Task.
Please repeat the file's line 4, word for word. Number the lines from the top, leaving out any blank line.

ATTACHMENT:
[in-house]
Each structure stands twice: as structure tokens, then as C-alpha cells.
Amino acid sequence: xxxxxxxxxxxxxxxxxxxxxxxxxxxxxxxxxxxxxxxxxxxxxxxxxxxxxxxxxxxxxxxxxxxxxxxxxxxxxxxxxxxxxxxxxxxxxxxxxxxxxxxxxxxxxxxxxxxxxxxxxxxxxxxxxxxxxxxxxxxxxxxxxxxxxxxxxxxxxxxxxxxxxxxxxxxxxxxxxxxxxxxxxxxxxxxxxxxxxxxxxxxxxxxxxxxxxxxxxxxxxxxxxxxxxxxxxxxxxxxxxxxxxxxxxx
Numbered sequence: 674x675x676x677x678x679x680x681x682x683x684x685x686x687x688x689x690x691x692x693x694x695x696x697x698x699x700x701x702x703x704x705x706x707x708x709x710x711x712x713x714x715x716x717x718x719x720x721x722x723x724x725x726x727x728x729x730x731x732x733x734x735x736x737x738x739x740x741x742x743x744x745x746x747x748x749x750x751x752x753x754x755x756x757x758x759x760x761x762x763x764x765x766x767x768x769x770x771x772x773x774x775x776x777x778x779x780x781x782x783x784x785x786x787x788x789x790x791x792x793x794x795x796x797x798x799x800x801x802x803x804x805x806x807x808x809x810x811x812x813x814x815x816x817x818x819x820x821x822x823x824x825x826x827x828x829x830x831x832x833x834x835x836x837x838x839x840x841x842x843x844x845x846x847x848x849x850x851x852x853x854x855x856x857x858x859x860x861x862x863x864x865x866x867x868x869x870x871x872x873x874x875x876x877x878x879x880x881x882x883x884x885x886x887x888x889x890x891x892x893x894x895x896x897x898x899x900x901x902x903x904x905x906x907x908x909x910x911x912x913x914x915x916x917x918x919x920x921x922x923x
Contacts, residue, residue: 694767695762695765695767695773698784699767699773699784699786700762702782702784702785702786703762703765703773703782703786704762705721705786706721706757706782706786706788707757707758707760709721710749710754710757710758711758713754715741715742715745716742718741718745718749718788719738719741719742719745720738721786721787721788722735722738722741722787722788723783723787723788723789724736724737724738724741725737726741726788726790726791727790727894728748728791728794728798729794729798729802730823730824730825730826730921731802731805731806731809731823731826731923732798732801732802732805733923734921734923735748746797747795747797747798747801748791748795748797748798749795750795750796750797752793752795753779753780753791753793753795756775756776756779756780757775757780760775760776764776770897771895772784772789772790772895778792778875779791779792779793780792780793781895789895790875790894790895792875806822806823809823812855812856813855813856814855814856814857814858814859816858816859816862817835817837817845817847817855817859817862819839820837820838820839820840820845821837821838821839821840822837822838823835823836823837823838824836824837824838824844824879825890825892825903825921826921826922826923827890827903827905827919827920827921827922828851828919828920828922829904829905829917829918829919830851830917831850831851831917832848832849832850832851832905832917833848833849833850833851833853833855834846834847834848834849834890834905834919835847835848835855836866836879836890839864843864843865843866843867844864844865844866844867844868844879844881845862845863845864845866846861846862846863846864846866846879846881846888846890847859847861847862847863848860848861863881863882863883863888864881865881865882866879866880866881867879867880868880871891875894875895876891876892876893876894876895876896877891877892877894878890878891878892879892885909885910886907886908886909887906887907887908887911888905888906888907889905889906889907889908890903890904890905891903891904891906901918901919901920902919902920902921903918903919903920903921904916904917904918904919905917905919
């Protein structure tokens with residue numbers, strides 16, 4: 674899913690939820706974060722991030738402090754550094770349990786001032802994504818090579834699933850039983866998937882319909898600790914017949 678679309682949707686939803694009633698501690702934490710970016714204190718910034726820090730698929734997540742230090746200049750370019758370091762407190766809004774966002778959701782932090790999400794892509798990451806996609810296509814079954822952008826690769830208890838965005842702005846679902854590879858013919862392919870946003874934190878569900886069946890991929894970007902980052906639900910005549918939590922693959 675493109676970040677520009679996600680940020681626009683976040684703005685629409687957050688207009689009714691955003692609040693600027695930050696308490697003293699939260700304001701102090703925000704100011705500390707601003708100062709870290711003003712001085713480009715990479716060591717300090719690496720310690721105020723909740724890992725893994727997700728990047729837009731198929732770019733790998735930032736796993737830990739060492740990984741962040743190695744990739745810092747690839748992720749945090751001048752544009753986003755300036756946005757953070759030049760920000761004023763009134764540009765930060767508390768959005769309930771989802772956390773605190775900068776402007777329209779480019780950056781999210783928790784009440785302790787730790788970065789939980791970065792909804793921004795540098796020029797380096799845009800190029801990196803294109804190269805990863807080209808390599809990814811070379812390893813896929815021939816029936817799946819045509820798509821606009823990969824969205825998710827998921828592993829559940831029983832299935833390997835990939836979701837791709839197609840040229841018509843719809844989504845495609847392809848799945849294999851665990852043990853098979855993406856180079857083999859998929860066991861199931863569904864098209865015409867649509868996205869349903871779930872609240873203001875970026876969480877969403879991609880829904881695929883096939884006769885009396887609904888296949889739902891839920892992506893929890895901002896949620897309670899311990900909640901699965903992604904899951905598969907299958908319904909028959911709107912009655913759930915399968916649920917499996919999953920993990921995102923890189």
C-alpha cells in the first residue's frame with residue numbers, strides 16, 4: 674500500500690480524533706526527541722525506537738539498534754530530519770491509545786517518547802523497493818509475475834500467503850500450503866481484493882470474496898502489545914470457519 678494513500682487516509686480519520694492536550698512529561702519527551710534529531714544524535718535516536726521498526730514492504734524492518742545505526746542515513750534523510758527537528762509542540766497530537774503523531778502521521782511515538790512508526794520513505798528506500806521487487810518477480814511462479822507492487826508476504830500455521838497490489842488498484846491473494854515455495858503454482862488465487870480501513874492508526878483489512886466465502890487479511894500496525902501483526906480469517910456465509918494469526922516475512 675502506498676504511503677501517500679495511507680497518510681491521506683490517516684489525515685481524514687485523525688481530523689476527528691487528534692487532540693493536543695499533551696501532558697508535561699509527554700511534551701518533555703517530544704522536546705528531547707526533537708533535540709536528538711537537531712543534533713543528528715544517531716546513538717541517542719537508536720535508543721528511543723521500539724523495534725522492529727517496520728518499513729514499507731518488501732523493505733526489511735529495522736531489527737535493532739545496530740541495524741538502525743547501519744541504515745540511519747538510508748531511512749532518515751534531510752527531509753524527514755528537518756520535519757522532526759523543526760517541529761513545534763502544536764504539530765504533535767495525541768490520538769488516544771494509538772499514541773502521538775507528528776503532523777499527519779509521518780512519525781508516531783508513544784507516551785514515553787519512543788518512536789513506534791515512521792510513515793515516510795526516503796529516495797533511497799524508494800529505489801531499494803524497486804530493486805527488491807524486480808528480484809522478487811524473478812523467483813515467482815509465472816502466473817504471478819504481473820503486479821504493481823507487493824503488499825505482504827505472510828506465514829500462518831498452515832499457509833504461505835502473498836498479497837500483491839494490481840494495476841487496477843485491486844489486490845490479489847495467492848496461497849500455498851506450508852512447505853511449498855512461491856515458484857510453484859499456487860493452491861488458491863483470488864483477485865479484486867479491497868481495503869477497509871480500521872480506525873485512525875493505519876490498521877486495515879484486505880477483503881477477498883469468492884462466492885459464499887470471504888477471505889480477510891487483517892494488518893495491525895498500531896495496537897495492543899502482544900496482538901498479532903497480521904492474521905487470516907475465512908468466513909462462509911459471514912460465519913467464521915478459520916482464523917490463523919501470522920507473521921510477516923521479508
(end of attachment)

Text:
Numbered sequence: 674x675x676x677x678x679x680x681x682x683x684x685x686x687x688x689x690x691x692x693x694x695x696x697x698x699x700x701x702x703x704x705x706x707x708x709x710x711x712x713x714x715x716x717x718x719x720x721x722x723x724x725x726x727x728x729x730x731x732x733x734x735x736x737x738x739x740x741x742x743x744x745x746x747x748x749x750x751x752x753x754x755x756x757x758x759x760x761x762x763x764x765x766x767x768x769x770x771x772x773x774x775x776x777x778x779x780x781x782x783x784x785x786x787x788x789x790x791x792x793x794x795x796x797x798x799x800x801x802x803x804x805x806x807x808x809x810x811x812x813x814x815x816x817x818x819x820x821x822x823x824x825x826x827x828x829x830x831x832x833x834x835x836x837x838x839x840x841x842x843x844x845x846x847x848x849x850x851x852x853x854x855x856x857x858x859x860x861x862x863x864x865x866x867x868x869x870x871x872x873x874x875x876x877x878x879x880x881x882x883x884x885x886x887x888x889x890x891x892x893x894x895x896x897x898x899x900x901x902x903x904x905x906x907x908x909x910x911x912x913x914x915x916x917x918x919x920x921x922x923x